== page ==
Feature Stories

NAMI Dallas Educates Middle and High School Students on the Realities of Mental Illness

NAMI Dallas educates, advocates for and listens to those affected by mental illness.
NAMI Dallas educates, advocates for and listens to those affected by mental illness. iStock
Walking along the streets or standing in a room full of other people, those with a mental illness may be nearly impossible to distinguish. But one in five adults experiences a mental health condition every year, according to the Substance Abuse and Mental Health Services Administration.

The National Alliance on Mental Illness is the largest grassroots mental health organization in the nation. Dedicated to bettering the lives of millions of Americans, NAMI has hundreds of affiliates around the country, including NAMI Dallas, that educate, advocate and listen to those affected by mental illness, according to the organization's website.

Every year, NAMI organizes walks to raise awareness and funds for people affected by mental illness. The 13th annual NAMI Dallas Walk was Saturday at Dr Pepper Park in Frisco, where it's been for two years.

“We have been welcomed with open arms by the folks up [at Dr Pepper Park],” says John Dornheim, walk manager. “It’s pretty much a mental health day at the ballpark.”

“The more we talk about it, the more we put it in the press, the better off we all are.” – Daphne Willis

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Through its education services, NAMI Dallas ensures hundreds of thousands of families get the information they need to reduce the stigma behind mental illness. The program Ending the Silence, for example, helps to inform students and educators.

ETS for students is a 50-minute presentation introducing middle and high school students to the realities of mental illness. Students learn about early signs of declining mental health, recovery and coping strategies. The program for educators helps teachers understand how to intervene when they see symptoms and how to communicate with caregivers.

NAMI also helps to shape national public policy. From 2014-17, Texas gained a substantial increase in funds for mental health, according to NAMI’s Public Policy Platform. However, a 2016 report found that Texas still ranked 45th among states in overall access to mental health care, 49th in mental health workforce availability and 43rd on inpatient beds. Through the legislative process in Texas, NAMI aims to combat these high numbers.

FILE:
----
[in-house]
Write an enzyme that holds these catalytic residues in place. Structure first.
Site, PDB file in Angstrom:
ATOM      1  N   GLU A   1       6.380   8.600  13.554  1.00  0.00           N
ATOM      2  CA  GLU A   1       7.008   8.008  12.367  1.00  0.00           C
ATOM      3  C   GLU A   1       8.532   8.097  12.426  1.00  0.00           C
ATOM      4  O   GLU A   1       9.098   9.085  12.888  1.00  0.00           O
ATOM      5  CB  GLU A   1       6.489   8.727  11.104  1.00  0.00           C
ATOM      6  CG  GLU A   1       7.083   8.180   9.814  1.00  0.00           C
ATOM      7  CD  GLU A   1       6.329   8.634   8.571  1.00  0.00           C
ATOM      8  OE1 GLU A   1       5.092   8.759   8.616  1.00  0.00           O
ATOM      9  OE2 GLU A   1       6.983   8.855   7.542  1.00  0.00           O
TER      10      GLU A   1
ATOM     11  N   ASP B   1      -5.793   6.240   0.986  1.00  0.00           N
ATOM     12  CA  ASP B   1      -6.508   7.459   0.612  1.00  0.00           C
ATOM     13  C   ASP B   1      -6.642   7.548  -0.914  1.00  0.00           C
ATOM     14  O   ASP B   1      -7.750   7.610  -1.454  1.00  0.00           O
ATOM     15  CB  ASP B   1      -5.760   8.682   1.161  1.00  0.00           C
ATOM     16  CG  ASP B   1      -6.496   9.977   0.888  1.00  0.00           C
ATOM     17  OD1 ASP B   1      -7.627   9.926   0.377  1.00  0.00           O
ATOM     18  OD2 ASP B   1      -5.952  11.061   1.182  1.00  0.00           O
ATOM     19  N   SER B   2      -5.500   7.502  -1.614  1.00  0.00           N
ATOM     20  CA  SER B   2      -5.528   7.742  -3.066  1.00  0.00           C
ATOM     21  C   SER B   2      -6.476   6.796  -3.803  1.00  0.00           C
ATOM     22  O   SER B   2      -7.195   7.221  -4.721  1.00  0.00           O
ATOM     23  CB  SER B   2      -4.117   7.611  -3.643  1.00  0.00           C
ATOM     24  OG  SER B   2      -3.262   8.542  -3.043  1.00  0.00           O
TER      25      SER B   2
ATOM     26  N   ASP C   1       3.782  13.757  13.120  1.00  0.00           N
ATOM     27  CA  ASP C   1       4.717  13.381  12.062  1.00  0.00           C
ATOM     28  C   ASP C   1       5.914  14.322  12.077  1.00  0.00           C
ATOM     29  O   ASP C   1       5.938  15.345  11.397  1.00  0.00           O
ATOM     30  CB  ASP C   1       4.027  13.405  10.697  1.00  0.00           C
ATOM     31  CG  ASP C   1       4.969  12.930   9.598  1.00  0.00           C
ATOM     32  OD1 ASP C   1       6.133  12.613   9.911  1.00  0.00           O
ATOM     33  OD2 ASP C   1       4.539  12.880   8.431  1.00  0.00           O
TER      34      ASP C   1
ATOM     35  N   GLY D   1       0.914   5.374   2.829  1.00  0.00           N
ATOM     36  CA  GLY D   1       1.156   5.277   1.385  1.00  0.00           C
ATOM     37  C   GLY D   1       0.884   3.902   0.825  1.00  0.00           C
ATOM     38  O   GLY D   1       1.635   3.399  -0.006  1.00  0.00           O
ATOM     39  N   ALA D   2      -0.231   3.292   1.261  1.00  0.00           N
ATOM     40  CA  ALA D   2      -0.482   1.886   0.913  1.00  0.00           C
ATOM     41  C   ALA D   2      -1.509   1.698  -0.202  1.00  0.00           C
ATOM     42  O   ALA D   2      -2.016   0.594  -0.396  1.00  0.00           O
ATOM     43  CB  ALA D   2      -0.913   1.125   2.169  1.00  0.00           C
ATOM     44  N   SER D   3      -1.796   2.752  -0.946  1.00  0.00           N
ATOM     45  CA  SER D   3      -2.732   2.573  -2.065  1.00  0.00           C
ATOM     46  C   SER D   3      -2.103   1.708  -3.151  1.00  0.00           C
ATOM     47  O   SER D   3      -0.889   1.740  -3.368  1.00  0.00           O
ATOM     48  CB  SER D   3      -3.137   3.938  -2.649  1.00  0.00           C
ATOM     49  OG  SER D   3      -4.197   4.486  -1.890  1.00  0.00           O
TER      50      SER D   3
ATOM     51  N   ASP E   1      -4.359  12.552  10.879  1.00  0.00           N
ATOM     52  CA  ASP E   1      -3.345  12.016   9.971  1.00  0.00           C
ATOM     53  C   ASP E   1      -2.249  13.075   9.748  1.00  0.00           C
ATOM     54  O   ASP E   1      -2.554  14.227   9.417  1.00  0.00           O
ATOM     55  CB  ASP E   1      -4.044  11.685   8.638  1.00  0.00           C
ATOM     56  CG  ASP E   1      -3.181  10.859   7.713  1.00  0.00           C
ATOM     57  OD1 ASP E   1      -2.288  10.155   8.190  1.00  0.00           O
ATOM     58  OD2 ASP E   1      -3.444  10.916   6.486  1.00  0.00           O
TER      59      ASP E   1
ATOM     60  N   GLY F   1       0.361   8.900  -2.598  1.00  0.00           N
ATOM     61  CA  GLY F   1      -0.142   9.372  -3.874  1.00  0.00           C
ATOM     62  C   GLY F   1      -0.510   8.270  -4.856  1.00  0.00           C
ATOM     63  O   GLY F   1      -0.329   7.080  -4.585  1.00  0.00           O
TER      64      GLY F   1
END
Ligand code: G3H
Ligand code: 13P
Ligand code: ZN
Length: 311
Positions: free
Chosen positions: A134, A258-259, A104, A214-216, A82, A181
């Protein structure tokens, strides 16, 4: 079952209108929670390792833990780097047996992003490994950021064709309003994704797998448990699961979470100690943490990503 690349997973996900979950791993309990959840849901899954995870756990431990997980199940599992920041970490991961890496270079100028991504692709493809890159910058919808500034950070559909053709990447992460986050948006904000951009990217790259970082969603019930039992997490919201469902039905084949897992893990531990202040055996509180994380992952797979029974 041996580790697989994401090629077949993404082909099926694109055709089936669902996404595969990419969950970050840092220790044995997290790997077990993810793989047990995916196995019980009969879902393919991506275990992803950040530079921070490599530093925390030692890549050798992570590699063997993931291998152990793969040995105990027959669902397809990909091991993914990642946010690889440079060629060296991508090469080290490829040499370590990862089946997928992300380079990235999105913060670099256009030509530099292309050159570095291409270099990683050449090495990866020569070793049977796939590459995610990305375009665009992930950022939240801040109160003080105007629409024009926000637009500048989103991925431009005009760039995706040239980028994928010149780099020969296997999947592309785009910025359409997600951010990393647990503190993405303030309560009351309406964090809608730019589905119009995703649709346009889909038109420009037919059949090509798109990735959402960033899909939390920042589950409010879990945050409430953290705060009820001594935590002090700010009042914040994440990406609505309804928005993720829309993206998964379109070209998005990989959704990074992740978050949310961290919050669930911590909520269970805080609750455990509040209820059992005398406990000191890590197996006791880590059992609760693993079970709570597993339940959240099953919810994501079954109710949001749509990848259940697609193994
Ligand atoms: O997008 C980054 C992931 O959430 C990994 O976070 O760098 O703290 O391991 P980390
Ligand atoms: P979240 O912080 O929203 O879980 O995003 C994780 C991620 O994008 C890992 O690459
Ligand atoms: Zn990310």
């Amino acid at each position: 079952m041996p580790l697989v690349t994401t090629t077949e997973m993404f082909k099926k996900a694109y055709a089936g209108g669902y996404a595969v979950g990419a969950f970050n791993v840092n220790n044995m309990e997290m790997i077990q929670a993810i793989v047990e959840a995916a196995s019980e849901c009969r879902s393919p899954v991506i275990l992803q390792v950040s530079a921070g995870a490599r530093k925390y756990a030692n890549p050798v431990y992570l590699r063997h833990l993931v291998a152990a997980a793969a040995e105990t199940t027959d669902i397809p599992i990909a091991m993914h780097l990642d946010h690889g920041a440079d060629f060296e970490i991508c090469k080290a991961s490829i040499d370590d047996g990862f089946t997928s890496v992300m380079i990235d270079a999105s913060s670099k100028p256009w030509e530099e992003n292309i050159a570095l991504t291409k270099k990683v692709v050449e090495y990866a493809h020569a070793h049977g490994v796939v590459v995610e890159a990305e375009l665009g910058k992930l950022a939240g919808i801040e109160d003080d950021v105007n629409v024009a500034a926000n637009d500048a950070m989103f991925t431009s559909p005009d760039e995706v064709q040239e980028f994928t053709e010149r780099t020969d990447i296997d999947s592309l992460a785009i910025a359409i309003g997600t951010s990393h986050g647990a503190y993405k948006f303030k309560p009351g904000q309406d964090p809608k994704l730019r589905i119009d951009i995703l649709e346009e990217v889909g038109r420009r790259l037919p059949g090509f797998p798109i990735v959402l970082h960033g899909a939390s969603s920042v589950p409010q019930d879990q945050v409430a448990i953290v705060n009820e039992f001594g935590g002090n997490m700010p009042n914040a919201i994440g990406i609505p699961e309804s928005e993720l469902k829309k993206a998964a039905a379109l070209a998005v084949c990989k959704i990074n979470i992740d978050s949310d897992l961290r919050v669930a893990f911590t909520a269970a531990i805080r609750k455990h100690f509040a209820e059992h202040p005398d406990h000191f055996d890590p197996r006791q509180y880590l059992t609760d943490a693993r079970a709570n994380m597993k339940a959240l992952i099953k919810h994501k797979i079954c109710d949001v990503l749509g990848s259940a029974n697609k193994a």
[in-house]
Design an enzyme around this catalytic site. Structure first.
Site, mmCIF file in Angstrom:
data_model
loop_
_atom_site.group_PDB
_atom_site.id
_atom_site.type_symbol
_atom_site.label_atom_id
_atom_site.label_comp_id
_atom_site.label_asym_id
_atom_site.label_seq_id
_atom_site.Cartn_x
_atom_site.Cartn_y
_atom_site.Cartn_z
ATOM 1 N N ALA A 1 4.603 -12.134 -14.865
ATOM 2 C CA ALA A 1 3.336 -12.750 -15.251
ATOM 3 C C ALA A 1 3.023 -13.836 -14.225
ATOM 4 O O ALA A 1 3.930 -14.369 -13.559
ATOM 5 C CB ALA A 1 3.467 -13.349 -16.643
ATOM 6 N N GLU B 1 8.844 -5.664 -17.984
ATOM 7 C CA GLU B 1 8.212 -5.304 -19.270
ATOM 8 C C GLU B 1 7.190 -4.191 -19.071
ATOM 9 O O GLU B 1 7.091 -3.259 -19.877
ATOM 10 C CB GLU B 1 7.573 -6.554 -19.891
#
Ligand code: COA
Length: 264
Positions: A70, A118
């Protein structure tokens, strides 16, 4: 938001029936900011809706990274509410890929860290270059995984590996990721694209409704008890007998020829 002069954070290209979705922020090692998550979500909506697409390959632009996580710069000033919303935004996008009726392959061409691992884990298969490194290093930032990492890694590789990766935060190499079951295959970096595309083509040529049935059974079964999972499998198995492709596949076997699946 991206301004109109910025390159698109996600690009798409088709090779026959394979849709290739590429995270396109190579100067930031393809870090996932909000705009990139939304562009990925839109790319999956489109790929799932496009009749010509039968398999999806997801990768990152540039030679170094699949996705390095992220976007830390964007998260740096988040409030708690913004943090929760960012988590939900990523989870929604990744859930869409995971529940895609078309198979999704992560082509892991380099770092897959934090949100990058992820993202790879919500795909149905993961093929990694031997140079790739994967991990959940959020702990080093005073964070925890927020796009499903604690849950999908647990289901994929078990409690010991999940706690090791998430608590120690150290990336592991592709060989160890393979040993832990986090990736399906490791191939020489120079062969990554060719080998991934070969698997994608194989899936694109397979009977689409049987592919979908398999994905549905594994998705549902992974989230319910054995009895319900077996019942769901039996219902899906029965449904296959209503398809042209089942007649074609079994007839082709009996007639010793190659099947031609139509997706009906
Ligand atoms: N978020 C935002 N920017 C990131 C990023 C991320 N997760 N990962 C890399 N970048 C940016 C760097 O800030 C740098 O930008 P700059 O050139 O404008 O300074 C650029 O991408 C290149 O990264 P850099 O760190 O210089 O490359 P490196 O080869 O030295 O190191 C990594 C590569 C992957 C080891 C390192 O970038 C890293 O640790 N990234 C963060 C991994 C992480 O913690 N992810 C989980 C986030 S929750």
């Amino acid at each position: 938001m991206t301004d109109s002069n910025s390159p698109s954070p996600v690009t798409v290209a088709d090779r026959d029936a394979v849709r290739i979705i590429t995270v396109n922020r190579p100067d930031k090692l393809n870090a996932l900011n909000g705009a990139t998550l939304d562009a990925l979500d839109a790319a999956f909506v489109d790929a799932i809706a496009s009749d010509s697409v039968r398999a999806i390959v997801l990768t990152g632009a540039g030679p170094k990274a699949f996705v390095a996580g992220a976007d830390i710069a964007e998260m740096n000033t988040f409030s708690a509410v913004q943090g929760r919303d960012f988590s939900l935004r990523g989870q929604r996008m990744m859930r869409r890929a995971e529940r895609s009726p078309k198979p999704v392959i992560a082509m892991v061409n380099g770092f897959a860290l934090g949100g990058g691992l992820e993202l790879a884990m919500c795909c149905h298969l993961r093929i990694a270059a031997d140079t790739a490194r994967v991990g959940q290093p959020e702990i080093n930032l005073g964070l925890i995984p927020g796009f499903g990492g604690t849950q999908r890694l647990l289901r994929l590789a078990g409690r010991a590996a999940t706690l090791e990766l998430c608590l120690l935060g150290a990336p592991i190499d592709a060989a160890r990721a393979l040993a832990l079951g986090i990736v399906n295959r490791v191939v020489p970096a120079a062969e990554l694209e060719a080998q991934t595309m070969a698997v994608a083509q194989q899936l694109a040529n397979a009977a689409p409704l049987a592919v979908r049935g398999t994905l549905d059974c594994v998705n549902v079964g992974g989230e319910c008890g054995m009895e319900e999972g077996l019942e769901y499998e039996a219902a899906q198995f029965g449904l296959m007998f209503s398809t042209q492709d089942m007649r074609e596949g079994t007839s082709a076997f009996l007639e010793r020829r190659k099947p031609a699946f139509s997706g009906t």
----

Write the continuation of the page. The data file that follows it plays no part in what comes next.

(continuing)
Last year, the honorary chair for the NAMI Walk was Texas Rangers radio announcer Eric Nadel. Through Nadel, Dornheim was able to get in touch with Nashville singer-songwriter Daphne Willis to schedule a performance at last year’s walk. After asking Dornheim if she could come back for this year’s walk, Willis was made the new honorary chair.

“A lot of what I write is about mental health awareness and addiction recovery,” Willis says. “Everybody I’ve ever talked to about mental health has been affected by these issues.”

Willis says she has clinical depression and has been in recovery for two years. She says events like this can act as eye-openers for others with mental illnesses to realize they are not alone. The more people talk about mental illnesses, the less they will be afraid of them.

“It becomes less of a vague monster,” Willis says. “The more we talk about it, the more we put it in the press, the better off we all are.”
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Jacob Vaughn, a former Brookhaven College journalism student, has written for the Observer since 2018, first as clubs editor. More recently, he's been in the news section as a staff writer covering City Hall, the Dallas Police Department and whatever else editors throw his way.
Contact: Jacob Vaughn